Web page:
The Federal Trade Commission today released an agenda for the upcoming public workshop on February 12, 2008, in Washington, DC, to examine “Unilateral Effects Analysis and Litigation.” The event, which was previously announced by Chairman Majoras in her keynote address at the ABA Antitrust Law Section’s Fall Forum, will be held at the Commission’s satellite building conference center from 9:00 am to 5:00 pm. The workshop will bring together recognized legal and economic experts to discuss how unilateral effects theories are applied to mergers of firms selling competing but differentiated products as well as to discuss judicial perspectives on such theories.
Unilateral effects as a formal theory of competitive harm was added to the joint FTC/Department of Justice Horizontal Merger Guidelines in 1992. The theory recognizes that, in some instances, mergers may create or enhance market power by allowing the merged firm to profitably raise prices, without the accommodation of other rival market incumbents. The most common application of the theory is in differentiated product markets where products sold by different firms are imperfect substitutes for one another.
Among economists, unilateral effects is a widely accepted theory of competitive harm. Yet, the federal antitrust agencies have experienced limited success litigating differentiated product cases in district courts under unilateral effects theory. Calling together leading lawyers and economists to discuss these issues is a central component of Chairman Majoras’ efforts to refine the Commission’s ability to explain and prove cases based on unilateral effects theory.
The workshop will feature introductory remarks provided by Chairman Majoras, and a series of panel discussions moderated by experts in unilateral effects analysis and litigation issues. As detailed in the workshop agenda, scheduled panels include: 1) Foundations of Unilateral Effects Theories: Core Features, Economic Bases, and Potential Grounds for Attack; 2) The Role of Market Definition in Unilateral Effects Analysis and in the Litigation of Unilateral Effects Cases; 3) Judicial Perspectives on Unilateral Effects; 4) Evidentiary Issues Related to Proving Unilateral Effects; and 5) Virtues and Limitations of Econometric Versus Other Approaches for Developing Economic Evidence.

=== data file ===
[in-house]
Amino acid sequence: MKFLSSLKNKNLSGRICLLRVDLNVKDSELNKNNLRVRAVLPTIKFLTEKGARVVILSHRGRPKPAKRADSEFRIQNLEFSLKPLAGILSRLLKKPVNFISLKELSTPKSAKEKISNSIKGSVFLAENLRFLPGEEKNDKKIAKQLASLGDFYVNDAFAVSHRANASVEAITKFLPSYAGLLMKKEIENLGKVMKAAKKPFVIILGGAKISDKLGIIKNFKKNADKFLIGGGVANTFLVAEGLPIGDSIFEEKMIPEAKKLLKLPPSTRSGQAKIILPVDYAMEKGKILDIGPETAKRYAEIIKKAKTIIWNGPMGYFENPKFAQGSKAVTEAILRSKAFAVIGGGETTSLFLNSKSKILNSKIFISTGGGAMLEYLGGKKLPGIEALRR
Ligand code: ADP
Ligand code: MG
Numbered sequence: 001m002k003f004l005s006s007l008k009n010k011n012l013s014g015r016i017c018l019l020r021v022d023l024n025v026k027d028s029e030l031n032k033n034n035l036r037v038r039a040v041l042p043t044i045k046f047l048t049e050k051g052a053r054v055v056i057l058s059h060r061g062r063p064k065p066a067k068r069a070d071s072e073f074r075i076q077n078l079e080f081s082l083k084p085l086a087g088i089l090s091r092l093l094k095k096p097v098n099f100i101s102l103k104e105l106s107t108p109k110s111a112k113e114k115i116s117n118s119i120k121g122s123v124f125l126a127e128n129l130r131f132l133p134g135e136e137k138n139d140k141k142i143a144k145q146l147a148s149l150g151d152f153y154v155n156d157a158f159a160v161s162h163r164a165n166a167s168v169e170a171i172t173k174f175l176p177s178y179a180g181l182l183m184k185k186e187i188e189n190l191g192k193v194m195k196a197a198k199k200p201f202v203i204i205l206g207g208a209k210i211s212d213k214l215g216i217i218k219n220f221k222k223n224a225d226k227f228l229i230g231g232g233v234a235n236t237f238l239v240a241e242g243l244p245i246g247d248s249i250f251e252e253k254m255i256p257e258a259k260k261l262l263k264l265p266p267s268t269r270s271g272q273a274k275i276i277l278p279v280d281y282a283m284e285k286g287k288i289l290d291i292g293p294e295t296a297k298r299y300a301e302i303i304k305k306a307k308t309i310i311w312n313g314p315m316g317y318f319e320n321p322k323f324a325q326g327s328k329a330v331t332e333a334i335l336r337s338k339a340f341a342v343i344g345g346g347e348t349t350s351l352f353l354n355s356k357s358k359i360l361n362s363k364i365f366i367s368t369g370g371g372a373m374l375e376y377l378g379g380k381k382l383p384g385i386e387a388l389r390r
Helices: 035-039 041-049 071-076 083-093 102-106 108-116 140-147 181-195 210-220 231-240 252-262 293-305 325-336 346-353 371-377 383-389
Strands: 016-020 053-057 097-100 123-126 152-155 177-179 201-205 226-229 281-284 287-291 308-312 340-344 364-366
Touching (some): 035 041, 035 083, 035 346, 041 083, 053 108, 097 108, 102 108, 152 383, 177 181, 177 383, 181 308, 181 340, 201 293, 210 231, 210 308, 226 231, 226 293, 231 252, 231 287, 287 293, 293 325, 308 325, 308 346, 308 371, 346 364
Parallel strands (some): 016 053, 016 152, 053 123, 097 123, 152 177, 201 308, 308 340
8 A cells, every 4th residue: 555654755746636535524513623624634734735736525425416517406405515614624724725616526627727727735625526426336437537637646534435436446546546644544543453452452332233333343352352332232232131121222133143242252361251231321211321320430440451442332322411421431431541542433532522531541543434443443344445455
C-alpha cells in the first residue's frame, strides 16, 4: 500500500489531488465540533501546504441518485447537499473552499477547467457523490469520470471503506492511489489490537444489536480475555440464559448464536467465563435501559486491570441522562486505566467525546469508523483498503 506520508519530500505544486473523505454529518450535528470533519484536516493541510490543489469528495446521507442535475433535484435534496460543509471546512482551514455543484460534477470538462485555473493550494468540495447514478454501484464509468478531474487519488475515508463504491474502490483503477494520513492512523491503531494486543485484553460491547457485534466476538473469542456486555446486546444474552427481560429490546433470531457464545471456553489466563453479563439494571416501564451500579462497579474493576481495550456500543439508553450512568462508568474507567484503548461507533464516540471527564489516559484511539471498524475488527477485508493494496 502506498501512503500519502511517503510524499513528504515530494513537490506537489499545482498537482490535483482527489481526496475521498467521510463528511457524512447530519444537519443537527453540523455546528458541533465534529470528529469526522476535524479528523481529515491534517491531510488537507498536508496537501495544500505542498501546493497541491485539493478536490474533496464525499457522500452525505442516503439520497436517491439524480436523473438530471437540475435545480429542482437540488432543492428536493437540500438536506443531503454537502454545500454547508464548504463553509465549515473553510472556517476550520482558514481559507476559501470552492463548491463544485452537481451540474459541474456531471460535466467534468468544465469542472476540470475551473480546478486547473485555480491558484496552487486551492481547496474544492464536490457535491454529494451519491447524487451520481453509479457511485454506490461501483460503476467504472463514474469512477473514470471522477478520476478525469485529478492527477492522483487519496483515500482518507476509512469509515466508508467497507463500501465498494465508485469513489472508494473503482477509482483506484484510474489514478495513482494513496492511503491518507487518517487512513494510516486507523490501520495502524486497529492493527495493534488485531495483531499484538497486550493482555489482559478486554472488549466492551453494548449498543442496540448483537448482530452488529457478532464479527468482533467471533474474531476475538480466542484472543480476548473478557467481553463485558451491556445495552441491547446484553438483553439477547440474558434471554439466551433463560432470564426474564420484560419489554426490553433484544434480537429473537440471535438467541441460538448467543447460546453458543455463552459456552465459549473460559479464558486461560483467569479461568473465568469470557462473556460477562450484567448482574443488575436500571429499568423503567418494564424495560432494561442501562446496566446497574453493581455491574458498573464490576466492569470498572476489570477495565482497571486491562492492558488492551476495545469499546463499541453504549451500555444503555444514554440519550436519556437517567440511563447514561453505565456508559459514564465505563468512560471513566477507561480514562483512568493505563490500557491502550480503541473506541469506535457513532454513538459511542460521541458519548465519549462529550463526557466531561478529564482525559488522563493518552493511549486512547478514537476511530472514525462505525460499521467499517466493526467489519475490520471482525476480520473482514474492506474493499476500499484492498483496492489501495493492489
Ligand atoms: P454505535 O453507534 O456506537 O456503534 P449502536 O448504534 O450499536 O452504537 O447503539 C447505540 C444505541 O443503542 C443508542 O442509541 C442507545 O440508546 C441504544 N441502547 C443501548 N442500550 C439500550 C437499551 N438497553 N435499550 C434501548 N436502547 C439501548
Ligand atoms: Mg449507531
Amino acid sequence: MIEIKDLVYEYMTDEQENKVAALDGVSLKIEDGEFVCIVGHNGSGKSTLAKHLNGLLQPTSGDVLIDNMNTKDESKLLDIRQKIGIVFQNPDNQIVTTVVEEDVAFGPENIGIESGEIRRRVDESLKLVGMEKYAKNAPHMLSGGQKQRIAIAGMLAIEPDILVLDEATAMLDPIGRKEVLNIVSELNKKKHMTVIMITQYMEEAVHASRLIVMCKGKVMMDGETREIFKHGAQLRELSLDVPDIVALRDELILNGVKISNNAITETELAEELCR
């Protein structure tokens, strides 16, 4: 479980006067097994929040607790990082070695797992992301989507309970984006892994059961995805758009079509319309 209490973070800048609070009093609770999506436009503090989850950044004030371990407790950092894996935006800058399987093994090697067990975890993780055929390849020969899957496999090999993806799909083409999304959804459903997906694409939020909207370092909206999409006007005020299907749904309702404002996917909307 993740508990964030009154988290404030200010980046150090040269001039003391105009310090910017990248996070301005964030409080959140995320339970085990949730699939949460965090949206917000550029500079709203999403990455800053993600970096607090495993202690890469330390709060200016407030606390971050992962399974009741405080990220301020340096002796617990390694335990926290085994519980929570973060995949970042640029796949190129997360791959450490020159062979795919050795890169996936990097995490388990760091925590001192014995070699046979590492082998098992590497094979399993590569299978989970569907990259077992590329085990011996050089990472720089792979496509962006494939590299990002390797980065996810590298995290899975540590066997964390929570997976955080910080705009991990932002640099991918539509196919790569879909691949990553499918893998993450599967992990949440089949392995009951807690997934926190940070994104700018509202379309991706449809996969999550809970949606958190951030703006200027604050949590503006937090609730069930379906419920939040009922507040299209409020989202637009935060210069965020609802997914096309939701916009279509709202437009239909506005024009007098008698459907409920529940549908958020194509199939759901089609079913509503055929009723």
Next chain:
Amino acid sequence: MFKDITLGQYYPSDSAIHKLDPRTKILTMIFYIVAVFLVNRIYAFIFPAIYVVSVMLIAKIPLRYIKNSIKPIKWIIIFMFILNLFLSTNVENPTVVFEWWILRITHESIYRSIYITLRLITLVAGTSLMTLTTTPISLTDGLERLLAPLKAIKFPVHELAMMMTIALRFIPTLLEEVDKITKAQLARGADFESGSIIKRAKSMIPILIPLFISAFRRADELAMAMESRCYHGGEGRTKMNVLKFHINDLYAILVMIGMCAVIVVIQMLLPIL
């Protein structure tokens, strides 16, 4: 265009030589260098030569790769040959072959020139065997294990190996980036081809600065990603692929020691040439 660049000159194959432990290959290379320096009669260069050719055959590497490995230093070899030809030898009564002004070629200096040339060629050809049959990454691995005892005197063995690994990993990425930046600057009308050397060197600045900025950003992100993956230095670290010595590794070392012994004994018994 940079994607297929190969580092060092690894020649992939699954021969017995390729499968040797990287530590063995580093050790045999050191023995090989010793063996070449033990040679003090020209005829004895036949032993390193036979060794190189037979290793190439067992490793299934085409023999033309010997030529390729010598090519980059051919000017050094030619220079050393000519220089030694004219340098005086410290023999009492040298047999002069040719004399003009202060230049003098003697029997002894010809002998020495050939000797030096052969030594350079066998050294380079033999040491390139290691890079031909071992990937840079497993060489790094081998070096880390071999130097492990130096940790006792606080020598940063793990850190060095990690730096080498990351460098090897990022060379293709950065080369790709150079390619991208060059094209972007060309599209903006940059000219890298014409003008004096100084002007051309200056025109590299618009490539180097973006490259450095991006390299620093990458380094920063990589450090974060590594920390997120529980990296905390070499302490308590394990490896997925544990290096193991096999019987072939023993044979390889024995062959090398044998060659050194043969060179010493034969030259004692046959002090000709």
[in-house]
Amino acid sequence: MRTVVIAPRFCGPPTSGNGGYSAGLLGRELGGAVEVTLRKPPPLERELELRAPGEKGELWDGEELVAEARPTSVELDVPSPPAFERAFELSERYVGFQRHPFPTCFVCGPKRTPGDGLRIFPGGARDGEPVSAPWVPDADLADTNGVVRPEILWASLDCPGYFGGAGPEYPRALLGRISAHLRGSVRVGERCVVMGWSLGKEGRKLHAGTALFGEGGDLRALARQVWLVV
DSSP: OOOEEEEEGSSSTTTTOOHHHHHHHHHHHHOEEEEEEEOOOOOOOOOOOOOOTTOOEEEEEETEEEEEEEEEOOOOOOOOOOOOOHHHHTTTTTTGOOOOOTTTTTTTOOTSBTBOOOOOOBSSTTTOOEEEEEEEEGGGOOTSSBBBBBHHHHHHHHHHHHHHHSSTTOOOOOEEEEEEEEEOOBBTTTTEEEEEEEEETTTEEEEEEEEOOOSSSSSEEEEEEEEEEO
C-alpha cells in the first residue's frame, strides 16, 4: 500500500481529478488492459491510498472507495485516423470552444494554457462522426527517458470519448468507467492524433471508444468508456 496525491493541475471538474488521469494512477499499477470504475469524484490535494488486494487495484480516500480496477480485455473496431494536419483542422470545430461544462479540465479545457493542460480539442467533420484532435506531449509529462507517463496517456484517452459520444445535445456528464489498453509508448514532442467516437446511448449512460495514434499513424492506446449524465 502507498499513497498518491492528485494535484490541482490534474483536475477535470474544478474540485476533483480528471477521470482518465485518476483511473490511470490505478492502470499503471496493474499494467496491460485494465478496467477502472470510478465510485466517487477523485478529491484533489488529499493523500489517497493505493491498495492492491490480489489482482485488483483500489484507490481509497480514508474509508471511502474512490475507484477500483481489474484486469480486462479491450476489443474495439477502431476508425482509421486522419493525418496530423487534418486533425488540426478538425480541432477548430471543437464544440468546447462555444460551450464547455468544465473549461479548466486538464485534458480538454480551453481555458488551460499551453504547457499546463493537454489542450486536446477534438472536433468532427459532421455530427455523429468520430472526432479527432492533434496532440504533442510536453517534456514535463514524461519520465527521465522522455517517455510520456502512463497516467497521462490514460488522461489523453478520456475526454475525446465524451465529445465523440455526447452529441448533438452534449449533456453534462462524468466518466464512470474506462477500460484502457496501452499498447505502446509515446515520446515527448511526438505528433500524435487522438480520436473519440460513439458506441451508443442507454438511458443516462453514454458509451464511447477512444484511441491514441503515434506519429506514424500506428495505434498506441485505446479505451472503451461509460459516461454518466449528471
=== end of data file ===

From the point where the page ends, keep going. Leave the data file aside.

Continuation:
Among the panelists and moderators expected to participate in the workshop are FTC Commissioners William E. Kovacic and J. Thomas Rosch, FTC Bureau of Competition Director Jeffrey Schmidt, FTC Bureau of Economics Director Michael Baye, former Competition Bureau directors Susan Creighton, Richard G. Parker, Joe Simons, and William Baer, former Economics Bureau Director Jonathan B. Baker, and members of the judiciary including the Hon. Douglas Ginsburg, Chief Judge of the U.S. Court of Appeals for the District of Columbia Circuit, and the Hon. Diane Wood, Judge of the U.S. Court of Appeals for the Seventh Circuit.
The workshop, which will be free and open to the public, will be held from 9:00 a.m. until 5:00 p.m. at the FTC’s satellite building conference center, located at 601 New Jersey Avenue, N.W., Washington, DC. A government-issued photo ID is required for entry. Pre-registration is not required. Members of the public and press who cannot attend can view a live Webcast of the workshop on the FTC’s Web site.
Reasonable accommodations for people with disabilities are available upon request. Requests for such accommodations should be submitted via e-mail to firstname.lastname@example.org or by calling Carrie McGlothlin at 202-326-3388. Such requests should include a detailed description of the accommodations needed and a way to contact you if we need more information. Please provide advance notice.
For more information on the workshop, including a detailed agenda, directions to the conference center, and other relevant information, please visit: http://www.ftc.gov/bc/unilateral/.